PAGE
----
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Southern Ocean


Earth Ocean ::-- Arctic Ocean||Indian Ocean|| Pacific Ocean||Southern Ocean||Atlantic Ocean||


Great Southern Ocean

The Southern Ocean (also known as the Great Southern Ocean, the Antarctic Ocean, and the South Polar Ocean) comprises the southernmost waters of the World Ocean, generally taken to be south of 60°S latitude and encircling Antarctica. It is usually regarded as the fourth-largest of the five principal oceanic divisions. This ocean zone is where cold, northward flowing waters from the Antarctic mix with warmer sub-Antarctic waters.
Geographers disagree on the Southern Ocean's northern boundary or even its existence, with many considering the waters part of the Pacific, Atlantic, and Indian Oceans instead. Others regard the Antarctic Convergence, an ocean zone which fluctuates seasonally, as separating the Southern Ocean from other oceans, rather than the 60th parallel. Australian authorities regard the Southern Ocean as lying immediately south of Australia.
The International Hydrographic Organization (IHO) has not yet ratified its 2000 definition of the ocean as being south of 60°S. Its latest published definition of oceans dates from 1953; this does not include the Southern Ocean. However, the more recent definition is used by the IHO and others.



Southern Ocean Geography

The Southern Ocean includes the Antarctic Circumpolar Current (which circulates around Antarctica) and parts of the Drake Passage, a part of the Scotia Sea, the Weddell Sea, the King Haakon VII Sea, the Lazarev Sea, the Riiser-Larsen Sea, the Cosmonaut Sea, the Cooperation Sea, the Davis Sea, the Mawson Sea, the D'Urville Sea, the Somov Sea the Ross Sea, the Amundsen Sea, and the Bellingshausen Sea (in clockwise order).
The Southern Ocean differs from the other oceans in that its largest boundary, the northern boundary, does not abut a landmass, but merges into the Atlantic, Indian and Pacific Oceans. This calls into question why geographers should consider the Southern Ocean a separate ocean, as opposed to a southward extension of the other three oceans. One reason stems from the fact that much of the water of the Southern Ocean differs from the water in the other oceans. Because of the Antarctic Circumpolar Current, that water gets transported around the Southern Ocean fairly rapidly, so that the water in the Southern Ocean south of, for example, New Zealand, resembles the water in the Southern Ocean south of South America more closely than it resembles the water in the Pacific Ocean.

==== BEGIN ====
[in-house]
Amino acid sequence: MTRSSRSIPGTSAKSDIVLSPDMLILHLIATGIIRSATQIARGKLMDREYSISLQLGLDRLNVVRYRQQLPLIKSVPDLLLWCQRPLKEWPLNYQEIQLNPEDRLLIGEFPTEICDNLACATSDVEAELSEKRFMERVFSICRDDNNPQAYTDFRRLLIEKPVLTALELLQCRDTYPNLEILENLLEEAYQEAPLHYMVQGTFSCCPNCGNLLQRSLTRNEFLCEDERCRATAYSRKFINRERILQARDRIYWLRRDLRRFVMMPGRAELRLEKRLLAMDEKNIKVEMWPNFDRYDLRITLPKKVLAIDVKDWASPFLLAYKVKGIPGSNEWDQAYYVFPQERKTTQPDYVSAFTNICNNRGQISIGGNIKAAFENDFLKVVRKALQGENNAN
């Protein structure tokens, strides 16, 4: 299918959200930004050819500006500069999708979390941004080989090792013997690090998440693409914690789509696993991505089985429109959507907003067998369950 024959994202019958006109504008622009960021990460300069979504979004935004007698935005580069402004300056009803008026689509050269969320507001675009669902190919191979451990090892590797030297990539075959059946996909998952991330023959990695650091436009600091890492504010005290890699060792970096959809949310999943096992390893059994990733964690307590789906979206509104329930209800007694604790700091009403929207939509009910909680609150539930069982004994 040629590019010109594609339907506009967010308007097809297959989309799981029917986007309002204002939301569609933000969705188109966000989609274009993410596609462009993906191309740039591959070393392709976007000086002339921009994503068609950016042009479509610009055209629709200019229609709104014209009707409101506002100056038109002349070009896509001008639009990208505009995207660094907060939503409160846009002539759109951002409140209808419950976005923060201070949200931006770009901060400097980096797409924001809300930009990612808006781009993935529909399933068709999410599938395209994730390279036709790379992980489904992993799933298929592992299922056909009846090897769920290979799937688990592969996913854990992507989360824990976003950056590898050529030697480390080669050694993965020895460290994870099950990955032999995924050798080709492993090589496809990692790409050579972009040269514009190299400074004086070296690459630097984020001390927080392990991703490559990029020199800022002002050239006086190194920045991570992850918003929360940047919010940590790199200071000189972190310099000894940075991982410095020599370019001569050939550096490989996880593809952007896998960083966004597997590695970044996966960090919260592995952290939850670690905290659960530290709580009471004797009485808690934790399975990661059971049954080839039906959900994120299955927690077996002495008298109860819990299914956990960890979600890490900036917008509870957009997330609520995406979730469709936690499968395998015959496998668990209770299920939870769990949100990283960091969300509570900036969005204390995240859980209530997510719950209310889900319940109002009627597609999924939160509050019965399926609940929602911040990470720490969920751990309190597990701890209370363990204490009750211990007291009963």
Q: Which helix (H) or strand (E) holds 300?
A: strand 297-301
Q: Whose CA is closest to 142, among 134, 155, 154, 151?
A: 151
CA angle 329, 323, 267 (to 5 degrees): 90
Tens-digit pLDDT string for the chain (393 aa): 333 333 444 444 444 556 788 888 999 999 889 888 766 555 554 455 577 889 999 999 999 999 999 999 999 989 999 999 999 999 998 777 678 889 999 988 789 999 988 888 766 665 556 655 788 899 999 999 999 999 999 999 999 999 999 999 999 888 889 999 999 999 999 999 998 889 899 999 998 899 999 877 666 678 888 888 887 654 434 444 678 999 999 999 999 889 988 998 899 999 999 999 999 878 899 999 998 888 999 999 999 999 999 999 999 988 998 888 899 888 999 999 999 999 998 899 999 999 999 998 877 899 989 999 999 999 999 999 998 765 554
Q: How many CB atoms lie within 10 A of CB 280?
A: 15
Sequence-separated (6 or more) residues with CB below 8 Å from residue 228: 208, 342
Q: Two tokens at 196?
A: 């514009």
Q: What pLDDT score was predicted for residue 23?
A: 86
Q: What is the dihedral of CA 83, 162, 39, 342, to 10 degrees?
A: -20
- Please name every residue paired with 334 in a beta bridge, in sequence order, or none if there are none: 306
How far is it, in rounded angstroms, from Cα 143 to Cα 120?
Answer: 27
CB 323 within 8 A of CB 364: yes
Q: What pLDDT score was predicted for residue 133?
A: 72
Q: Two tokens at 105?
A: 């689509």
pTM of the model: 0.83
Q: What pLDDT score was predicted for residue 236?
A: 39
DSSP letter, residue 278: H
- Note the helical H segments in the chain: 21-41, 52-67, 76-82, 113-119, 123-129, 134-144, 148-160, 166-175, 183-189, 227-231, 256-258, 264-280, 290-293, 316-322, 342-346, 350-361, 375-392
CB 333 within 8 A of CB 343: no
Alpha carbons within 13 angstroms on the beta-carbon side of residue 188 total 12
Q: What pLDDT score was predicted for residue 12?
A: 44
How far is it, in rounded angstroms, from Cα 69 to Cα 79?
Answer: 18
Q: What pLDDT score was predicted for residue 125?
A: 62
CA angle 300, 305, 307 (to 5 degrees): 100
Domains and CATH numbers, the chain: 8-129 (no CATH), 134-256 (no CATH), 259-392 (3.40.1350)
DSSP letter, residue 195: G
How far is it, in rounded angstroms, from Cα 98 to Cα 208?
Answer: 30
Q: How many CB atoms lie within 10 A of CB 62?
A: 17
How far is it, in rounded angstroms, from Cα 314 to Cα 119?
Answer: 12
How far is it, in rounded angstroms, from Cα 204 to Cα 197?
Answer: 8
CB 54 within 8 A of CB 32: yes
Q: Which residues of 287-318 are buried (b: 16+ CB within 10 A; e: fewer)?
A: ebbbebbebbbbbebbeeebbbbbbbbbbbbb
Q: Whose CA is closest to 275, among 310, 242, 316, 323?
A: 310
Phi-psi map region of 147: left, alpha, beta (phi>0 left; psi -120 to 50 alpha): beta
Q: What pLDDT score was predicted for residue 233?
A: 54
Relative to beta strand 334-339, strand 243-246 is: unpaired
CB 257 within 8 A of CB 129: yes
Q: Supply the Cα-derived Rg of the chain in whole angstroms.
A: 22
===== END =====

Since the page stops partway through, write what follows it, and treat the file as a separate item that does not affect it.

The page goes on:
Several processes operate along the coast of Antarctica to produce, in the Southern Ocean, types of water masses not produced elsewhere in the oceans of the Southern Hemisphere. One of these is the Antarctic Bottom Water, a very cold, highly saline, dense water that forms under sea ice.
The Southern Ocean, geologically the youngest of the oceans, formed when Antarctica and South America moved apart, opening the Drake Passage, roughly 30 million years ago. The separation of the continents allowed the formation of the Antarctic Circumpolar Current.



Features

The Southern Ocean lies in the Southern Hemisphere. It has typical depths of between 4,000 and 5,000 meters (13,000 to 16,000 ft) over most of its extent with only limited areas of shallow water. The Antarctic continental shelf appears generally narrow and unusually deep, its edge lying at depths up to 800 meters (2,600 ft), compared to a global mean of 133 meters (436 ft).
Equinox to equinox in line with the sun's seasonal influence, the Antarctic ice pack fluctuates from an average minimum of 2.6 million square kilometers (1.0×106 sq mi) in March to about 18.8 million square kilometers (7.2×106 sq mi) in September, more than a sevenfold increase in area.
The Antarctic Circumpolar Current moves perpetually eastward — chasing and joining itself, and at 21,000 kilometers (13,000 mi) in length — it comprises the world's longest ocean current, transporting 130 million cubic meters of water per second (4.6×109 cu ft/s) — 100 times the flow of all the world's rivers.
The Southern Ocean's greatest depth of 7,236 meters (23,737 ft) occurs at the southern end of the South Sandwich Trench, at 60°00'S, 024°W.


southern ocean

Ports and harbors

Major operational ports include: Rothera Station, Palmer Station, Villa Las Estrellas,Esperanza Base, Mawson Station, McMurdo Station, and offshore anchorages in Antarctica.

Few ports or harbors exist on the southern (Antarctic) coast of the Southern Ocean, since ice conditions limit use of most shores to short periods in midsummer; even then some require icebreaker escort for access. Most Antarctic ports are operated by government research stations and, except in an emergency, remain closed to commercial or private vessels; vessels in any port south of 60 degrees south are subject to inspection by Antarctic Treaty observers.

 

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